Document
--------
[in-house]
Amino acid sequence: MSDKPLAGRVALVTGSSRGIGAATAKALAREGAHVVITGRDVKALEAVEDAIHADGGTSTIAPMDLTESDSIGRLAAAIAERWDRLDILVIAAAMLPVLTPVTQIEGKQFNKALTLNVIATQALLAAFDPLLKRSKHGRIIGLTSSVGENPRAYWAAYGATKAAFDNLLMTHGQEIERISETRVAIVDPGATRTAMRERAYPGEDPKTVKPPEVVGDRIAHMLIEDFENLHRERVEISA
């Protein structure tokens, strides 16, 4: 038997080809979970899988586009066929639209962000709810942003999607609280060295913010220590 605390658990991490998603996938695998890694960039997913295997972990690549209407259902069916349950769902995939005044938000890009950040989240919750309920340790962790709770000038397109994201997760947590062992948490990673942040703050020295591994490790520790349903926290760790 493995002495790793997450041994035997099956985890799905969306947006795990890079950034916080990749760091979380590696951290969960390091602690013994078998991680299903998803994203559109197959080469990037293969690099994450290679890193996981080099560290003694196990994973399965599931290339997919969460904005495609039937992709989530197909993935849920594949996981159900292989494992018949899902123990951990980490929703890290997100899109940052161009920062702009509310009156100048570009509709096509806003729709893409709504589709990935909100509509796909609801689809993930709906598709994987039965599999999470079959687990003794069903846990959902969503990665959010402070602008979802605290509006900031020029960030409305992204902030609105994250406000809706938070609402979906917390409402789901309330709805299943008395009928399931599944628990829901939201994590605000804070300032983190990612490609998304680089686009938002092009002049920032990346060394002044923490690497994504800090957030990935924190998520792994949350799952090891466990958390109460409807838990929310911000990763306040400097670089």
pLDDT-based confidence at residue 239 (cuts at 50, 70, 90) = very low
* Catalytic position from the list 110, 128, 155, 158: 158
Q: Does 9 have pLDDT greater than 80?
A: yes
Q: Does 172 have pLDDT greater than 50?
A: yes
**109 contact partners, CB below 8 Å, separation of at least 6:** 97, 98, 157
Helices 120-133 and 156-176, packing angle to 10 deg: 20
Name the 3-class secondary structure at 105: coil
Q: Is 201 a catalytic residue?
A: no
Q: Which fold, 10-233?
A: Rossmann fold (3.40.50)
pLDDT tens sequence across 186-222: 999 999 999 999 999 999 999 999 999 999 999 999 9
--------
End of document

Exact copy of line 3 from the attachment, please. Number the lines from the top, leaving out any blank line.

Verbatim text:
């Protein structure tokens, strides 16, 4: 038997080809979970899988586009066929639209962000709810942003999607609280060295913010220590 605390658990991490998603996938695998890694960039997913295997972990690549209407259902069916349950769902995939005044938000890009950040989240919750309920340790962790709770000038397109994201997760947590062992948490990673942040703050020295591994490790520790349903926290760790 493995002495790793997450041994035997099956985890799905969306947006795990890079950034916080990749760091979380590696951290969960390091602690013994078998991680299903998803994203559109197959080469990037293969690099994450290679890193996981080099560290003694196990994973399965599931290339997919969460904005495609039937992709989530197909993935849920594949996981159900292989494992018949899902123990951990980490929703890290997100899109940052161009920062702009509310009156100048570009509709096509806003729709893409709504589709990935909100509509796909609801689809993930709906598709994987039965599999999470079959687990003794069903846990959902969503990665959010402070602008979802605290509006900031020029960030409305992204902030609105994250406000809706938070609402979906917390409402789901309330709805299943008395009928399931599944628990829901939201994590605000804070300032983190990612490609998304680089686009938002092009002049920032990346060394002044923490690497994504800090957030990935924190998520792994949350799952090891466990958390109460409807838990929310911000990763306040400097670089």